Sandy Thursday Update for Friends/Family

Couple quick housekeeping things: First, can we stop calling and comparing this to “The Perfect Storm?” It’s a completely different and unique meteorological setup.

In the 12-15 years or so I’ve followed models and weather very closely, I have seen a number of modeled storms….which are eye candy storms that models can’t resolve and end up never happening. I mean…many, many modeled storms that failed. That said, I very rarely have ever seen a modeled storm…less than 5 days away, with high agreement that it will occur, ever not happen. In other words: It would be a catastrophic failure of all the weather models we use and the meteorological community in general if this storm did NOT happen. Thus, the odds of this not happening (in some fashion) is very, very low.

Now that we’ve got that out of the way, what’s the latest?

a.) Models continue their dance: Euro goes south of Ocean City, MD, GFS goes into Long Island, their respective ensembles go into NYC. 

b.) All models continue to indicate a high impact storm that is capable to equal or exceed Hurricane Irene last year in terms of duration and problems, impacting much of the Northeast and Mid-Atlantic. 

I want to draw your attention to a couple things. First, I will show a map of the track of Irene from last year below:

ImageThe thing to notice is that Irene was a classic East Coast hurricane. It went up the coast and into NJ/NYC…while weakening. 

Now let’s take a look at Sandy’s forecast track from a few models. Focus on the circled area:


Notice how different this is. The storm starts out to sea…but it cuts back west after its exit is blocked and it’s captured by an upper level trough digging into the Northeast. This forces the storm to cut West…and how quickly it does this and where it comes ashore is obviously still uncertain. But I think the window is obvious…NJ to Long Island. Why does this matter? Because a storm hitting the coast at a perpendicular angle has the potential to be much worse than one paralleling it, regardless of exactly HOW strong it is. While the storm will be weakening somewhat, it will also be broadening out…spreading its winds out over a large area and behaving much like a nor’easter that deepens as it lifts north of Cape Hatteras. So we have the potential to have 40-60 mph wind gusts (higher gusts possible initially near the coast or just inland) spread out over a 300 mile radius, in addition to massive waves and a storm surge on top of an already astronomically high tide because of the full moon in addition to heavy rain, especially along and just west of the I-95 corridor. Got all that?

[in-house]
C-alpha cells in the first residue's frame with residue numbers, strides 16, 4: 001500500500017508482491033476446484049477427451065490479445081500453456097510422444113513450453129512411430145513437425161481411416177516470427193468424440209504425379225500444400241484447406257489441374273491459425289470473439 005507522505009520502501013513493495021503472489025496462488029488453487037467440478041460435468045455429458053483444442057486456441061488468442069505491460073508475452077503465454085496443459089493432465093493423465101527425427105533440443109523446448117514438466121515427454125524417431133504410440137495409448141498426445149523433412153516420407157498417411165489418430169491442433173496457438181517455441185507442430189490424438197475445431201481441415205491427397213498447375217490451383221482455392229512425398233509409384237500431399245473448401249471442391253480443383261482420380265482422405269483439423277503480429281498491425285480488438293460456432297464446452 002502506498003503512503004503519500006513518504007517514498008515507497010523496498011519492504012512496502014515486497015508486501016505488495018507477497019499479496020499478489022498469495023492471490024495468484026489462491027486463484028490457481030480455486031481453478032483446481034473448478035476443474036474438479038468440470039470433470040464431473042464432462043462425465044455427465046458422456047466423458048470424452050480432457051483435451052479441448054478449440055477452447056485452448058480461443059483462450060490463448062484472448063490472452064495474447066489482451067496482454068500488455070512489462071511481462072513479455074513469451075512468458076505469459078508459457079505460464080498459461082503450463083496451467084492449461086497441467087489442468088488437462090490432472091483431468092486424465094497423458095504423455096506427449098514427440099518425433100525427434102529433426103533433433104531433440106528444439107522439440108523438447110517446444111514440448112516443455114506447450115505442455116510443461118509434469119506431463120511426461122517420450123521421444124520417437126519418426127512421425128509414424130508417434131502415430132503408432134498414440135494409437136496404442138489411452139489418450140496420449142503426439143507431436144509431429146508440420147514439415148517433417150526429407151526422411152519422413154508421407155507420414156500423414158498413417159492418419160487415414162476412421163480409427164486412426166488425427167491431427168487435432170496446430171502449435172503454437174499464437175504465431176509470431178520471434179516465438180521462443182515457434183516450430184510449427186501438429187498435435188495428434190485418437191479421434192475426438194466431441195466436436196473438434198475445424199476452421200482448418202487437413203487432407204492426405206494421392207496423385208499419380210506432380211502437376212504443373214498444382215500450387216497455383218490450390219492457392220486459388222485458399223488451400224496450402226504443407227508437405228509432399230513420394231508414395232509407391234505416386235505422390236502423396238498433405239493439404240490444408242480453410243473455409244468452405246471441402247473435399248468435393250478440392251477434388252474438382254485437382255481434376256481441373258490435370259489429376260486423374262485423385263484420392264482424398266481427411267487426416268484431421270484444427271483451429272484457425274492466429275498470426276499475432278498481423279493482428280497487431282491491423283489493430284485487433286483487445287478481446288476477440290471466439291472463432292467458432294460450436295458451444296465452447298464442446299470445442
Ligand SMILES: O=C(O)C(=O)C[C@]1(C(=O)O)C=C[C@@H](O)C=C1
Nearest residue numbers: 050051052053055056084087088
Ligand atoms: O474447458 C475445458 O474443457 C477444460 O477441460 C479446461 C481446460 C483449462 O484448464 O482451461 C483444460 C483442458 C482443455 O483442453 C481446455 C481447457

Bottom line: There is no longer any “good” solution regarding Sandy. Each one is menacing and poses a share of pretty wicked problems. So to quickly summarize.

If Sandy tracks into Long Island or New England: Worst surge/flooding impacts are Boston to Rhode Island/eastern CT and Long Island. Heavy rain west of Philly north into New England. Strong winds of 40-60 mph from the Jersey Shore to New England with 60-80 mph gusts on Long Island and coastal New England. Snow will be possible in the mountains of PA and Western NY.

If Sandy tracks into New York City: Substantial coastal flooding is possible from North Jersey/Raritan Bay through New England, including in Lower Manhattan. Back Bay flooding may be severe in NJ and blowout tides are possible in Delaware Bay as well. 40-60 mph wind gusts widespread over the Northeast and Mid-Atlantic. 60-80 mph gusts will be possible on Long Island and possibly close to NYC, especially in high rises.  Heavy rain in Southern New England, Upstate NY, and Pennsylvania. Snow possible in the mountains of PA, MD, and WV.

If Sandy hits the Jersey Shore: North of the track will be severe to historic coastal flooding through Long Island Sound. South of the track will be back bay flooding and blowout tides. 40-70 mph gusts on the coast…40-60 mph gusts inland. Heavy rain inland from DC/Maryland through Upstate NY and parts of Southern New England. Snow possible in the mtns of Western PA, Maryland, and much of West Virginia. 

If Sandy hits Delmarva or tracks up the Delaware Bay: Severe to historic coastal flooding for the entire Jersey Shore. Possible tidal flooding in Philadelphia. Mod to severe coastal flooding NYC into New England. Winds still 40-70 mph or so over a wide area. Heavy rain inland from Virginia north through PA, with mod to heavy rain in NY and New England. Snow possible in West Virginia.

All Scenarios: Heavy rain, localized to widespread flooding, moderate to severe coastal flooding, and power outages…possibly extended for a long period of time in the hardest hit areas.

Time to prepare and not panic…still a long way to go, and Sandy still has a fair amount of wind shear to go through. I don’t think it matters much, but the weather is full of surprises. There are not many benchmarks in the historical record to compare this storm to: It is truly a unique and devilish beast, and one that will be fodder for numerous journal articles down the line….whether it happens or not.


One thought on “Sandy Thursday Update for Friends/Family”

  1. The first hurrican in our new home, how exciting! [or terrifying]. I have a hard enough time keeping water out of the basement as it is!

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